A United Kingdom

An Illusion Review by Joan Ellis

A United Kingdom

A United Kingdom is a powerful story rooted in racism in reverse. If the movie weren’t historically accurate, it might have been labelled “too good to be true,” but it did happen, and in just this way.

This fine movie was directed with great care and skill by director Amma Asante from a script by Guy Hibbert and a book by Susan Williams. Time, characters, and location may be different from those of today but the clash of cultural dictates – then and now – comes from the same hurt that racial hatred inflicts wherever it survives.

Time: 1947. Location: Africa and England. Characters: Seretse Khama (David Oyelowo) and Ruth Williams (Rosamund Pike). Seretse was sent from Africa to London by his uncle (Vusi Kunene) for the education that would equip him for his hereditary role as king of the British protectorate of Bechuanalanda, later to become Botswana. When the future king meets Ruth Williams, a white woman who works as an office worker, they fall in love with scant understanding of the international eruptions their marriage will cause. They love jazz, dancing, and each other and they spend little time thinking about the future.

When Seretse’s uncle (Vusi Kunene) summons him home with the announcement that his reign is to begin, the trouble begins. Ruth’s father rages at her marrying a black man and disowns her. Seretse’s uncle is livid that he is marrying a white woman. That’s the equation and while it plays out differently in England and Africa, the hurt is deep on both sides.

The genuinely appealing thing is that neither he nor she ever wavers. No second thoughts for her about marrying the king of a small African kingdom; none for him when his uncle exiles him back to England for five years as punishment for his white wife. Ruth elects to stay in Africa during her husband’s exile while she works for his return and in every way she can to become part of the country.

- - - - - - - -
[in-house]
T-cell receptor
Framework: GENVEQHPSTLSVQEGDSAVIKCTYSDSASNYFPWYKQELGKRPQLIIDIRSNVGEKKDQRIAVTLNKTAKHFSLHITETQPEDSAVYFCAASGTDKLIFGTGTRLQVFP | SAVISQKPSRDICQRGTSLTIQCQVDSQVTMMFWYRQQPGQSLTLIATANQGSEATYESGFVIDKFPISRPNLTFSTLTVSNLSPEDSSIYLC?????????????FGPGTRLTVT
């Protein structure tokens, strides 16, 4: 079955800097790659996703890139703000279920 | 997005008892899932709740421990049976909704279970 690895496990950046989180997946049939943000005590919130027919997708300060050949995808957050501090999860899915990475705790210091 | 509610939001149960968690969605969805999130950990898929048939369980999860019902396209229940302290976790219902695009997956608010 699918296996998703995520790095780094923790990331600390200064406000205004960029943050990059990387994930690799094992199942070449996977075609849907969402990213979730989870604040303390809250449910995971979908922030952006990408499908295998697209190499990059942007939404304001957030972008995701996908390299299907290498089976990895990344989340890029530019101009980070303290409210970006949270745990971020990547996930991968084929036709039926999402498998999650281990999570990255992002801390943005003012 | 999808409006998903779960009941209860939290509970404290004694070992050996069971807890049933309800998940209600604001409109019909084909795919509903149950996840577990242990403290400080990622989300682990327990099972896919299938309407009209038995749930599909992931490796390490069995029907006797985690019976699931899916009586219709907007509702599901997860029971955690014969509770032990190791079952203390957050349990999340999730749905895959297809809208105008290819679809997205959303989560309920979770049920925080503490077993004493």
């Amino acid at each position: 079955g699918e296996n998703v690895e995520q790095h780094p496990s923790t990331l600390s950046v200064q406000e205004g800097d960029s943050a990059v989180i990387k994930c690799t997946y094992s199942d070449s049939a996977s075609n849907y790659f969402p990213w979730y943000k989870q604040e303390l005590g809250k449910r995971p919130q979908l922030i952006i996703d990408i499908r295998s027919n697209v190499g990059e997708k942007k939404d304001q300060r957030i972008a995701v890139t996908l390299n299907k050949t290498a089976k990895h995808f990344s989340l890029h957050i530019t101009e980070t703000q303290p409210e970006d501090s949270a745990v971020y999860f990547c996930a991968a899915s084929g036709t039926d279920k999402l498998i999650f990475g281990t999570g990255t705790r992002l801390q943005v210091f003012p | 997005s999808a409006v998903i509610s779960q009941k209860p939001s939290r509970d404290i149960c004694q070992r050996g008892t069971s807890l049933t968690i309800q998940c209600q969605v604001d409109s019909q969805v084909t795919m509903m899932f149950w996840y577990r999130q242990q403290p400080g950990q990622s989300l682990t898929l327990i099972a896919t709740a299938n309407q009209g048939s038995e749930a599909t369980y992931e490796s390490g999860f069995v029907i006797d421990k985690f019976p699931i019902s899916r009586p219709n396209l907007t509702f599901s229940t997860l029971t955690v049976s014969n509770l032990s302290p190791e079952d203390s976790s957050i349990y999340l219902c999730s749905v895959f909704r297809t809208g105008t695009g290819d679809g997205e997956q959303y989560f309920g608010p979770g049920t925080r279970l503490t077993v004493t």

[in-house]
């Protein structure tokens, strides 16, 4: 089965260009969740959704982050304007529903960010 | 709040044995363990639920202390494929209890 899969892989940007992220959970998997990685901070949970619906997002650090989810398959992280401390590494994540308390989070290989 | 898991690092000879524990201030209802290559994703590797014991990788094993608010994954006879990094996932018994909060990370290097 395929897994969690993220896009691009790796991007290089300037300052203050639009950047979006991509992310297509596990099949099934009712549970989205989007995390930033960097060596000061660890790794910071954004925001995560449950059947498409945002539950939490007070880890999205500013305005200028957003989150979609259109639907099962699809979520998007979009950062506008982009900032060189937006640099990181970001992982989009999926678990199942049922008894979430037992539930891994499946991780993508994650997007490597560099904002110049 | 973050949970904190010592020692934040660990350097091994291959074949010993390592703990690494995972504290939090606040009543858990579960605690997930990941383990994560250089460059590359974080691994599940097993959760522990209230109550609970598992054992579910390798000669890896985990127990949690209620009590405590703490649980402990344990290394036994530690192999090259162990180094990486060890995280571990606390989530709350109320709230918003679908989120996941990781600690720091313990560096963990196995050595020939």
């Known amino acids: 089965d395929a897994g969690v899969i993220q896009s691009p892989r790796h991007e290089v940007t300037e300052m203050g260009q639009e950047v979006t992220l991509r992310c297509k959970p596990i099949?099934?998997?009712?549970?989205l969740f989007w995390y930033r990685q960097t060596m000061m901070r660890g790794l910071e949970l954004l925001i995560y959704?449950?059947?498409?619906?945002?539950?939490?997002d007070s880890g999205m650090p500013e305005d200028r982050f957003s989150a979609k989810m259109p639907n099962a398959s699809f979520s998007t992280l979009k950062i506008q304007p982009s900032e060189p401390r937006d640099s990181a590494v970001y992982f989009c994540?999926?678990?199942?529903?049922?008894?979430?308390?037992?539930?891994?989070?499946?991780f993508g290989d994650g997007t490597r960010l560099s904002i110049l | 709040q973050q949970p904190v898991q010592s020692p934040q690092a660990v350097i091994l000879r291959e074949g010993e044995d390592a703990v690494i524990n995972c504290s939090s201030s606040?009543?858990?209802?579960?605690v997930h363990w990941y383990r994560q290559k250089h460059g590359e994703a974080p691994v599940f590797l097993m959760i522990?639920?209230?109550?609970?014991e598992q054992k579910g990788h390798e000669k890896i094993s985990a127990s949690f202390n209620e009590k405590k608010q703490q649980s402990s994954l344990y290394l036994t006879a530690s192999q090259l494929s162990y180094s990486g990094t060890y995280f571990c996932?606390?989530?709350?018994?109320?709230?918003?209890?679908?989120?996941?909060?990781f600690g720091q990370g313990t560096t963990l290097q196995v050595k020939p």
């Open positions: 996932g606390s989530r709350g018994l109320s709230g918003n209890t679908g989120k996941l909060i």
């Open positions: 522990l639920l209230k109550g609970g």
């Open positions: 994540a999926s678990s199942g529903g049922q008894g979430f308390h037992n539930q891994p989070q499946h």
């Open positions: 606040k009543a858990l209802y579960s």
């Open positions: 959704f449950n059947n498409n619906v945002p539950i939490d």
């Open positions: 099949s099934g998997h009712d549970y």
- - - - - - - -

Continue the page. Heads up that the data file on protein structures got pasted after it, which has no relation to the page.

Actors Oyelowo and Pike create a couple we care very much about, and we marvel that their story unfolded seventy years ago. In a grim echo of today, the rage of the British government and their families creates the turmoil that nearly dooms his reign.

Director Amma Asante and actor David Oyelowo, both born in the U.K., clearly saw this true story in the same way: a married couple with love of country, love of each other, and a shared determination to bring this educated, qualified leader to the throne he had been preparing to occupy throughout his life.

The filmmakers were wise to avoid creating imaginary subplots and to concentrate instead on two people focused on their own future and that of the kingdom. This was 1947. In spite of progress between then and now, it is impossible to watch this movie without admitting to ourselves the one thing that persists in spite of political progress: the emotions of racial hatred.

Film Critic : JOAN ELLIS
Film Title : A United Kingdom
Word Count : 497
Running time: 1:51
Rating : PG-13
Date : March 5, 2017